A leasehold estate is a complex hybrid of estate and contact. However, despite its complexity, it is a type of property right possessed by many Australians since leasehold estates cover both residential and commercial leases. Holistically, a leasehold estate is considered a lesser form of property right than a freehold estate. Unlike freehold tenancy, the duration of leasehold estate is measured in definite blocks of time, which can be sufficiently identified at the beginning of the lease.
Duration of the Lease
There are three main types of leases: a fixed-term lease, a periodic lease, and a lease at will. As the names suggest, a fixed-term lease is a lease where the duration of the lease is fixed to a certain period of time. In terms of periodic leases, such leases are renewed after a set period has elapsed. Practically, a periodic lease can be viewed as a series of fixed-term leases automatically renewed unless an event brings the tenancy to an end. It is common for residential leases to take the form of periodic leases with an option to renew each year. With regards to a tenancy at will, such tenancy exists when the tenant obtains the right to possession of the land on the understanding that their right may be taken away from them at any time by either the landlord or the tenant themselves.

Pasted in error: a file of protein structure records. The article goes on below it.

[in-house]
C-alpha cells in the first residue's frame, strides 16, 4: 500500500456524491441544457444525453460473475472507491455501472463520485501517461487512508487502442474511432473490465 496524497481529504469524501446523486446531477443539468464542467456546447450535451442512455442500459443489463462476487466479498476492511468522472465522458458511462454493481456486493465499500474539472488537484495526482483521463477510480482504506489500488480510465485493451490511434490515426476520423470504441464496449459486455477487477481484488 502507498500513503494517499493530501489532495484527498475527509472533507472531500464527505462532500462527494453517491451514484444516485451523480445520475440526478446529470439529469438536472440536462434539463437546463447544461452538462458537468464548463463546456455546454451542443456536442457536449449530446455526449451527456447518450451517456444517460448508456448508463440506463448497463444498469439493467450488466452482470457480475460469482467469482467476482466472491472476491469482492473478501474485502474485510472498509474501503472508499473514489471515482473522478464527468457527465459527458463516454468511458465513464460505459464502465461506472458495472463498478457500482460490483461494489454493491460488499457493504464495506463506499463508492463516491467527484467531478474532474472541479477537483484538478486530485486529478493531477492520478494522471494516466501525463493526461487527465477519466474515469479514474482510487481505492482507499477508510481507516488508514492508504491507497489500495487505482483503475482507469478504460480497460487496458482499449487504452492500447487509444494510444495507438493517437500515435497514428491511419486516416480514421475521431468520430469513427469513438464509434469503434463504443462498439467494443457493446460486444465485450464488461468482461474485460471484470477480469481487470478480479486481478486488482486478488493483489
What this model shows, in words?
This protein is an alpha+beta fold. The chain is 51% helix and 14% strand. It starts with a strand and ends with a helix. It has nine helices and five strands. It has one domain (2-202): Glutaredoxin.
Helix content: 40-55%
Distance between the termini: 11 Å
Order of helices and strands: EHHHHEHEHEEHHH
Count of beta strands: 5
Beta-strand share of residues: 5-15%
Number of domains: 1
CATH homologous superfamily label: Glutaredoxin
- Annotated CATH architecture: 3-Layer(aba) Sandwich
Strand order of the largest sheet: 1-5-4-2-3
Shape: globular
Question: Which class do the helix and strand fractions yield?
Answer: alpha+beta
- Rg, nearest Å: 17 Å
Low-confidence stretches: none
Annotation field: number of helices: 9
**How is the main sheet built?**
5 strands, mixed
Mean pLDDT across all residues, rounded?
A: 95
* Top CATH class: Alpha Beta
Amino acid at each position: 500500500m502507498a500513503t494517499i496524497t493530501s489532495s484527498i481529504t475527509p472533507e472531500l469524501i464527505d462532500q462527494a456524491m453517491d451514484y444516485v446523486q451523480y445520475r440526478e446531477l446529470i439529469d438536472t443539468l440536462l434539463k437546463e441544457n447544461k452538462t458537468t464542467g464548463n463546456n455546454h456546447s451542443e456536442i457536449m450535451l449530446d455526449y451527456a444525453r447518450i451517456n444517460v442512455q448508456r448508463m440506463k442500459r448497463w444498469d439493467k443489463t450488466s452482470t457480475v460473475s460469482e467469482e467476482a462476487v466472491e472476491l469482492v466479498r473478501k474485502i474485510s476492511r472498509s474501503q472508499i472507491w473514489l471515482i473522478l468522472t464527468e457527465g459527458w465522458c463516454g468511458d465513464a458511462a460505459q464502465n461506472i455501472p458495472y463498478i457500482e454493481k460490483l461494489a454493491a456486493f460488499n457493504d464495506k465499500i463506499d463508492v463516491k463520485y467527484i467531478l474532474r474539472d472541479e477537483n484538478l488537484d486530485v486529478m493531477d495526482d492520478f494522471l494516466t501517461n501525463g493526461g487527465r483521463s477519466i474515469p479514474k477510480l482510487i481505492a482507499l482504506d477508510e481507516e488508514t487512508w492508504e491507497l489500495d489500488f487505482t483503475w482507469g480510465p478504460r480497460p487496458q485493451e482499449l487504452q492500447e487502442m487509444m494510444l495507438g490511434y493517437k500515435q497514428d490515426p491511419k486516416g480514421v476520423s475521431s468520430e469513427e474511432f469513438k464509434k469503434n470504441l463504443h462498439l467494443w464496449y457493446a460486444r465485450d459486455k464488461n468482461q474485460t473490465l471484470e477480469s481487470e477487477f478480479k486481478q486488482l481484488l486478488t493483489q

Rights and Obligations
Under the leasehold estate, there are some covenants both statutorily and at common law conferred on both the landlord and the tenants.
For the tenants, some of these covenants include obligations to pay rent and taxes, keep the premises in good repair, not to damage the property, and allow the landlord to enter to view the state of repair. Other obligations the tenant have include a duty to use the premise in a tenant-like manner, which means to take proper care of the premise and do some small jobs here and there to maintain the property. However, it is noteworthy that a tenant is not responsible for repairing any damages if the house falls into disrepair through fair wear and tear or lapse of time or any reason not caused by the tenant. Otherwise, examples of landlord convents include that the landlord will grant the tenant quiet enjoyment of the premises and that the landlord will not do anything which takes away from the rights granted to the tenant under the lease.
If either the landlord or the tenant breaches a leasehold covenant, the other party can recover any loss caused by that breach. Generally, such action is dealt through the South Australian Civil and Administrative Tribunal (SACAT). Also, the party suffering the loss may consider seeking an injunction to stop further breaches from happening or seek an order for the covenant to be complied with.
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Please note that this article does not constitute legal advice and Straits Lawyers will not be legally responsible for any actions you take based on this article.